Convergence Over Time or Not? U.S. Wages by Sexual Orientation, 2001-2018

42 Pages Posted: 29 Jul 2020

See all articles by Christopher Jepsen

Christopher Jepsen

University College Dublin (UCD)

Lisa Kay Jepsen

University of Northern Iowa

Abstract

An extensive literature on labor-market outcomes by sexual orientation finds lower wages for gay men compared to heterosexual men and higher wages for lesbians compared to heterosexual women. Recent work looking over multiple time periods provides suggestive evidence, however, that the wage penalty for gay men is heading toward zero. Using data from the American Community Survey on individuals in couples from the 2001 to 2018, we find that the annual wage/salary penalty for gay men is stable since 2008. Although the annual wage/salary premium for lesbians declines slightly, convergence to heterosexual female earnings at the current rate would not occur for at least 15 years. The persistence of a wage penalty for gay men in the face of anti-discrimination policies and rising overall tolerance by Americans is concerning.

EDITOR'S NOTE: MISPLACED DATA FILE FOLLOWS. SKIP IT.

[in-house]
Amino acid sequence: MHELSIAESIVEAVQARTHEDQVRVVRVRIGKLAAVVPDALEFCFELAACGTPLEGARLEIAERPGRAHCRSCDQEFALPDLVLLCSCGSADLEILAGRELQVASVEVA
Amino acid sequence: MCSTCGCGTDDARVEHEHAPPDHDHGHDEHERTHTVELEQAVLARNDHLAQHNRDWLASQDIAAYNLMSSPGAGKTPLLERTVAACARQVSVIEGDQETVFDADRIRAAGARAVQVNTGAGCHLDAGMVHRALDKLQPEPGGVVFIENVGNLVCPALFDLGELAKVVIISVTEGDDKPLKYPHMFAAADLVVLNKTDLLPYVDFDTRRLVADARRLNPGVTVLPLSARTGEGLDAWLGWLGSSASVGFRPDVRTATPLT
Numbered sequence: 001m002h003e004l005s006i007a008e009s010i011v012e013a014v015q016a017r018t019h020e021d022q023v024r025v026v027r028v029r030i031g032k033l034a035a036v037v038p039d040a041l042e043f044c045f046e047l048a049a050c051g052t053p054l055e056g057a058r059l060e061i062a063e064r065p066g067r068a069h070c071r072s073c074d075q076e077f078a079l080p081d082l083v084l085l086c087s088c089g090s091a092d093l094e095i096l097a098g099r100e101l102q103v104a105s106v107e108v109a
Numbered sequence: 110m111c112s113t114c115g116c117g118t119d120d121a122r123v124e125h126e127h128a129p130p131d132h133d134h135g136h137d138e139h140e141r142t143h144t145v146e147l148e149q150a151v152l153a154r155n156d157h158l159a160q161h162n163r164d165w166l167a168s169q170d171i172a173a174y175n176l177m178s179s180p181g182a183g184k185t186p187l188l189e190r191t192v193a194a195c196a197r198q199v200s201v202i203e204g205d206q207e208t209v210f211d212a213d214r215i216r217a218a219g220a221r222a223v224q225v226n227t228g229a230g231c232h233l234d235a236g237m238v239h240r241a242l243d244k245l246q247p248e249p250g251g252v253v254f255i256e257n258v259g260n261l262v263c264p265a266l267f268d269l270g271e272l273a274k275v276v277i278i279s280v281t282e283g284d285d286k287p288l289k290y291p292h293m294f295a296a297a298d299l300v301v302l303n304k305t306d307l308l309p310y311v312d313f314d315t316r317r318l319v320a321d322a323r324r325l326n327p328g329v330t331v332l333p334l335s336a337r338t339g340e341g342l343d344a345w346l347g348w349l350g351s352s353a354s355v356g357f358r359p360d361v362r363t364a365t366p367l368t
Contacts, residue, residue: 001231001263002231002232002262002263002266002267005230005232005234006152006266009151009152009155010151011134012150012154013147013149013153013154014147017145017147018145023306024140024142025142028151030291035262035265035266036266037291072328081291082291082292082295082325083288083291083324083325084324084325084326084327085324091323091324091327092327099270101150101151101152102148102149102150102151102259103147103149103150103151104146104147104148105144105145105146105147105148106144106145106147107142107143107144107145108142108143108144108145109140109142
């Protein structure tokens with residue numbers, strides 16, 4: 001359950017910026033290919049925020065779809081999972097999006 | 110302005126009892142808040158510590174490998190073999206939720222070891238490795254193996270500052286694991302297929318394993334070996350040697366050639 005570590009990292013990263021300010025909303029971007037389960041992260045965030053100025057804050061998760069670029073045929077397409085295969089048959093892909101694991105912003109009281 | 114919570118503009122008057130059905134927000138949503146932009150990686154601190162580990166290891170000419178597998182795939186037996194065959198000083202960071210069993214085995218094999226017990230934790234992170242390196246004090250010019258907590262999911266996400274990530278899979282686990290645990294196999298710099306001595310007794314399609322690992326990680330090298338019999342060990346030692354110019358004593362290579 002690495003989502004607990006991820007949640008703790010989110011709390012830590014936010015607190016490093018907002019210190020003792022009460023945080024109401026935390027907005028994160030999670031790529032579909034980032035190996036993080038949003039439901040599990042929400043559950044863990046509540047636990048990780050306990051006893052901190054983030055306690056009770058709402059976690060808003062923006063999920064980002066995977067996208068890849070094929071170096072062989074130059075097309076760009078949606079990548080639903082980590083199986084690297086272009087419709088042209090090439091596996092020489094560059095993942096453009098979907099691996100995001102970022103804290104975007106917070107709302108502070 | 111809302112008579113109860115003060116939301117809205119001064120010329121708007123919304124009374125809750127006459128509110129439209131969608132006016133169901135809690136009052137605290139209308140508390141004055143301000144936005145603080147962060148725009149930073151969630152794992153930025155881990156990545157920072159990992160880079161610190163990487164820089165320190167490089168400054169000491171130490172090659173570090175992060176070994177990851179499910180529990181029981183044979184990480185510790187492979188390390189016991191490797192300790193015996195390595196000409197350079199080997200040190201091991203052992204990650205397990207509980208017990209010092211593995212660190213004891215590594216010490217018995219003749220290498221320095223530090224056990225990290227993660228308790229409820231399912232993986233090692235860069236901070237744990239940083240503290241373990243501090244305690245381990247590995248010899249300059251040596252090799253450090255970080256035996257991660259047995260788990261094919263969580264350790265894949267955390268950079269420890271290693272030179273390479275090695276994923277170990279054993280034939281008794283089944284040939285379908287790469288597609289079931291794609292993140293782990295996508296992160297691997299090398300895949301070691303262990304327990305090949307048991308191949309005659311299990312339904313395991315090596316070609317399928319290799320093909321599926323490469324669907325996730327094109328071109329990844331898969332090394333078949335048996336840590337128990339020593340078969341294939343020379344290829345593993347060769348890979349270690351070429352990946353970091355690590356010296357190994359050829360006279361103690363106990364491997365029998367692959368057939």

JEL Classification: D10, J10, J12, J70

Suggested Citation

Jepsen, Christopher and Jepsen, Lisa Kay, Convergence Over Time or Not? U.S. Wages by Sexual Orientation, 2001-2018. IZA Discussion Paper No. 13495, Available at SSRN: https://ssrn.com/abstract=3654932

Christopher Jepsen (Contact Author)

University College Dublin (UCD) ( email )

Belfield
Belfield, Dublin 4 4
Ireland

Lisa Kay Jepsen

University of Northern Iowa ( email )

Cedar Falls, IA 50614
United States

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